Disclosure: Nothing to disclose.


Adam J Rosh, MD Assistant Professor, Program Director, Emergency Medicine Residency, Department of Emergency Medicine, Detroit Receiving Hospital, Wayne State University School of Medicine

Adam J Rosh, MD is a member of the following medical societies: American Academy of Emergency Medicine, American College of Emergency Physicians, Society for Academic Emergency Medicine

Disclosure: Nothing to disclose.

Specialty Editor Board

Francisco Talavera, PharmD, PhD Adjunct Assistant Professor, University of Nebraska Medical Center College of Pharmacy; Editor-in-Chief, Medscape Drug Reference

Disclosure: Received salary from Medscape for employment. for: Medscape.

Chief Editor

Barry E Brenner, MD, PhD, FACEP Professor of Emergency Medicine, Professor of Internal Medicine, Program Director for Emergency Medicine, Case Medical Center, University Hospitals, Case Western Reserve University School of Medicine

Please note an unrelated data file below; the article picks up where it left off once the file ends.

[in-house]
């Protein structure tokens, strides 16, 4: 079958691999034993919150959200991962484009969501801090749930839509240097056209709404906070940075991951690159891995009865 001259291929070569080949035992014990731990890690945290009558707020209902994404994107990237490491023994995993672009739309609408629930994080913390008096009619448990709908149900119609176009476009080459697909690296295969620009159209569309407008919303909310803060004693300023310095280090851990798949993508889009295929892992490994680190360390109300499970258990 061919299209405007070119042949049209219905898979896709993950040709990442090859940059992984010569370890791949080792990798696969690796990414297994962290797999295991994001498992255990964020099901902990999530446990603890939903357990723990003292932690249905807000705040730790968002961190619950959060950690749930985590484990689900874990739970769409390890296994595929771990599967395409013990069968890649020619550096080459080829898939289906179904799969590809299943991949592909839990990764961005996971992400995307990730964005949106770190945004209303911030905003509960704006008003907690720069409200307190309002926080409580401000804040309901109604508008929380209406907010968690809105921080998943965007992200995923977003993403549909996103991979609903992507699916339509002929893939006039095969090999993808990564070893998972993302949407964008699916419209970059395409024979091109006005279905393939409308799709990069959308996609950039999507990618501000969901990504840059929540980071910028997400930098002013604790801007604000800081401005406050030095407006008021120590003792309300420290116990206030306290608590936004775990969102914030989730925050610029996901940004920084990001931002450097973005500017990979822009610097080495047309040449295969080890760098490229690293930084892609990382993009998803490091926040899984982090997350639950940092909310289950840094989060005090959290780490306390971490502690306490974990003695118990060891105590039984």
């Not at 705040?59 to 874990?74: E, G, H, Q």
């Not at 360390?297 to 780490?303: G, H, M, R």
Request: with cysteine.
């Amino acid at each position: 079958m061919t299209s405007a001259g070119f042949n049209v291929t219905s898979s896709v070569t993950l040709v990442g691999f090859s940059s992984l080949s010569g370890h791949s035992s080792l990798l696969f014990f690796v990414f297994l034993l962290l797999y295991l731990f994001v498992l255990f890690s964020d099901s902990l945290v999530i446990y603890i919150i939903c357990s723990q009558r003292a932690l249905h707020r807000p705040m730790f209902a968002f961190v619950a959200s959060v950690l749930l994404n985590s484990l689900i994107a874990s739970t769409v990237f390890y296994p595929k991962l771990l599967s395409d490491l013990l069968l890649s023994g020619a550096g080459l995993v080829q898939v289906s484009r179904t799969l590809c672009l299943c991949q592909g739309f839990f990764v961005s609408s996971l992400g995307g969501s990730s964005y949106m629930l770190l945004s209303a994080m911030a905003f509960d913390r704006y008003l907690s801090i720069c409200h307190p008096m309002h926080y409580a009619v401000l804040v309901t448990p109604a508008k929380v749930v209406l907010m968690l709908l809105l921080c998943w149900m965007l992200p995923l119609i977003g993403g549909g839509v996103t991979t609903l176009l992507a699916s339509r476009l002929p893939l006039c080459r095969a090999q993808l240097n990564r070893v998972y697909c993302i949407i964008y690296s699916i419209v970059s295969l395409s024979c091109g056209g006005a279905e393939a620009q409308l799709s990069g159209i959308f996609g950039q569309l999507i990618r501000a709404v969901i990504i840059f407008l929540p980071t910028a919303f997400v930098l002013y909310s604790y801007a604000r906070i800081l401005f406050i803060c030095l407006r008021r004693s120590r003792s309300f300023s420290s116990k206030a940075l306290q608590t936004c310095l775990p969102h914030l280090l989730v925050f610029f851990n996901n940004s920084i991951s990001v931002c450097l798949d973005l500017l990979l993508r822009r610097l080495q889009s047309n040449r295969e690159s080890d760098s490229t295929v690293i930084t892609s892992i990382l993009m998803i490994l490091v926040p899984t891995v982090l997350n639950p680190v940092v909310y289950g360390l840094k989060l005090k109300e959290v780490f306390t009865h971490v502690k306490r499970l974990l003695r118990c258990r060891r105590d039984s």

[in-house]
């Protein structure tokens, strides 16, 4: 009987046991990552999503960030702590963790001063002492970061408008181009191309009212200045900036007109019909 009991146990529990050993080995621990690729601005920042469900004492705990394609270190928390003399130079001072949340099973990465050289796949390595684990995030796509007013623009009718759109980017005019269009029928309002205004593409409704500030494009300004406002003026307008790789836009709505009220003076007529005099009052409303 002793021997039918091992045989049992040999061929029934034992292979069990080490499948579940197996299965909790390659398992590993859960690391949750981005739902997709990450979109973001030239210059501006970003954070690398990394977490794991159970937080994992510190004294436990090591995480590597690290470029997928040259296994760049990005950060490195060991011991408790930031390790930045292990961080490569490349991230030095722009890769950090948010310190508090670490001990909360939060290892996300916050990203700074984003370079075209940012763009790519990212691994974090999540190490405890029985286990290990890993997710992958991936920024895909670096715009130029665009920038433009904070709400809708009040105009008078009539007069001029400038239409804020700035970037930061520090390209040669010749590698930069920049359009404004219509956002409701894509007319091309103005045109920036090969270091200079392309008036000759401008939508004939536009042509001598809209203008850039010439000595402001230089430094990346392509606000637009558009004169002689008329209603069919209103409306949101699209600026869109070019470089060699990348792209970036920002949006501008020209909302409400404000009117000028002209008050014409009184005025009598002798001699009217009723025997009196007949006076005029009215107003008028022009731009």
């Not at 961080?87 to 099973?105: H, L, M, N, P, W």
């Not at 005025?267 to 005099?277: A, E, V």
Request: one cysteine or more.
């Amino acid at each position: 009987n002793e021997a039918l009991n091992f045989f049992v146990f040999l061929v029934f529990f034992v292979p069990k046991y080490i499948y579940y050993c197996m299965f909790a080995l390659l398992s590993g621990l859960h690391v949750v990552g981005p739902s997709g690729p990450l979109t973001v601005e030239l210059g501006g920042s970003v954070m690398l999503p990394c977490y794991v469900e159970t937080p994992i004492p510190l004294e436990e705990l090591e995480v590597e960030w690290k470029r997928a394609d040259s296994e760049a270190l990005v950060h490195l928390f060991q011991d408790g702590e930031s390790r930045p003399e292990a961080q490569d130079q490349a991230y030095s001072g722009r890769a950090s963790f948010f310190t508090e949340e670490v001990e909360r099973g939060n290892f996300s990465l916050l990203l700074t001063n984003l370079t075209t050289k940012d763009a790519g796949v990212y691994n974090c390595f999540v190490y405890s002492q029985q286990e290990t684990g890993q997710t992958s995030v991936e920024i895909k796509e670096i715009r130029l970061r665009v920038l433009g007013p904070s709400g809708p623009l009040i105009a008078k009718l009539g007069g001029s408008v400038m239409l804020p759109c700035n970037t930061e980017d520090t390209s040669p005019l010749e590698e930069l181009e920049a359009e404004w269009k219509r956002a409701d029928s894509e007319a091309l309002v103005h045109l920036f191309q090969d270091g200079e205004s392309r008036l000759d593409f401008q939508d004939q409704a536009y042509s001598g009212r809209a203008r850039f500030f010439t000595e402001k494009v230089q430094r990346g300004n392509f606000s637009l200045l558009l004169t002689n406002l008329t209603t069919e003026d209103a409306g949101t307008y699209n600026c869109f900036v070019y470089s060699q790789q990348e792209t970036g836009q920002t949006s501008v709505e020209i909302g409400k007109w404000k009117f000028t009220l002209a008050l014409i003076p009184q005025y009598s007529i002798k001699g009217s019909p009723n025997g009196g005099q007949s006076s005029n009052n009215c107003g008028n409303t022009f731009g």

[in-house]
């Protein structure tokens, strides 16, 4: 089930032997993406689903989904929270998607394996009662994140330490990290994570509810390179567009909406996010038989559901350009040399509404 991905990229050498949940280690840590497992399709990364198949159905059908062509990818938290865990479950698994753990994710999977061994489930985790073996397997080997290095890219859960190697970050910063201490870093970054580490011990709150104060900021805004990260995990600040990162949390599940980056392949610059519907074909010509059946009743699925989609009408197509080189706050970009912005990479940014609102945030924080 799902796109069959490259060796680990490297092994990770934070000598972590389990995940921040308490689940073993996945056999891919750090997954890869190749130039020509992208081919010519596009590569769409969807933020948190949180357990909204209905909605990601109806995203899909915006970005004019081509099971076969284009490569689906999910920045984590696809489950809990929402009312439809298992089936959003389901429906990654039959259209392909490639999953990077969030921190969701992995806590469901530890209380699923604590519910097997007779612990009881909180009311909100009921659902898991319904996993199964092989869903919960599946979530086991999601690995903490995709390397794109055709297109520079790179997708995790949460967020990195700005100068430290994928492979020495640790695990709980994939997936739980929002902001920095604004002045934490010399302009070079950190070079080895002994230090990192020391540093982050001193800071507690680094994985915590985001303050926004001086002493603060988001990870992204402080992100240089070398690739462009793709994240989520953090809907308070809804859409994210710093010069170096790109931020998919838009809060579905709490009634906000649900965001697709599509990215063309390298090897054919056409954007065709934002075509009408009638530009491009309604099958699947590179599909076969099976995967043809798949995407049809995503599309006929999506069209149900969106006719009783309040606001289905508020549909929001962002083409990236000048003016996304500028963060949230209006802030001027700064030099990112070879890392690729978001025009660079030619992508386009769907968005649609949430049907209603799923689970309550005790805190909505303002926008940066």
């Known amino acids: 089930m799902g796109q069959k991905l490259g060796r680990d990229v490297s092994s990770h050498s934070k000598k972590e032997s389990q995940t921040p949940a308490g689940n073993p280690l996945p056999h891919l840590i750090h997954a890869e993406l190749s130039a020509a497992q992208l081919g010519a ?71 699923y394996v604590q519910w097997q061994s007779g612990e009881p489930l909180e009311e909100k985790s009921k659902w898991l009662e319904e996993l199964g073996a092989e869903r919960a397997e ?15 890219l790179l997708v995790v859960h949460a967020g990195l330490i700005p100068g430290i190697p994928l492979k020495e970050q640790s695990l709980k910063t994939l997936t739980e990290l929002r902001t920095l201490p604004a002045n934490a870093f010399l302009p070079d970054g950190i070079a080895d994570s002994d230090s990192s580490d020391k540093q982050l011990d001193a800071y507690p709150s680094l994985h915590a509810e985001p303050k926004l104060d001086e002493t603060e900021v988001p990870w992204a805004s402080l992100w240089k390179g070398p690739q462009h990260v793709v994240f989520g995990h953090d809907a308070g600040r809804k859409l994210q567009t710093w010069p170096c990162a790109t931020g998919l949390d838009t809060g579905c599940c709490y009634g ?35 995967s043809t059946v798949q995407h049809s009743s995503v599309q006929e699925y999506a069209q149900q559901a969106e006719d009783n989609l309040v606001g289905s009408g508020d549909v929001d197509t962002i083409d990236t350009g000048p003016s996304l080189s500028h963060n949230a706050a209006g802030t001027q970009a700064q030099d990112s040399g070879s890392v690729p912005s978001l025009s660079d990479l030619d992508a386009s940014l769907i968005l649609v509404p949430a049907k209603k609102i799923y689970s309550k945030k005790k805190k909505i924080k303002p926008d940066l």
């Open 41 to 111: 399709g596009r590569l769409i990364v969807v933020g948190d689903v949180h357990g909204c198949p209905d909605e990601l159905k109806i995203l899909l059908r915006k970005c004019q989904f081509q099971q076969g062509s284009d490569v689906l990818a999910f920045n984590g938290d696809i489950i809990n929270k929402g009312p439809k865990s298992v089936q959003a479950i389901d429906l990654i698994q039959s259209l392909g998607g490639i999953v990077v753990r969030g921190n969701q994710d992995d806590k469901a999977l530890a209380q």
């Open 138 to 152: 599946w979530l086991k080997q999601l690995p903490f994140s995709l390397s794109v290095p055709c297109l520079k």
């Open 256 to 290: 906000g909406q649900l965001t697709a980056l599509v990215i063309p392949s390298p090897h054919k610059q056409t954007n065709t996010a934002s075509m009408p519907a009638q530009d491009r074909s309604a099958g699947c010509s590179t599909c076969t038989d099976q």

Barry E Brenner, MD, PhD, FACEP is a member of the following medical societies: Alpha Omega Alpha, American Heart Association, American Thoracic Society, Arkansas Medical Society, New York Academy of Medicine, New York Academy of Sciences, Society for Academic Emergency Medicine, American Academy of Emergency Medicine, American College of Chest Physicians, American College of Emergency Physicians, American College of Physicians

Disclosure: Nothing to disclose.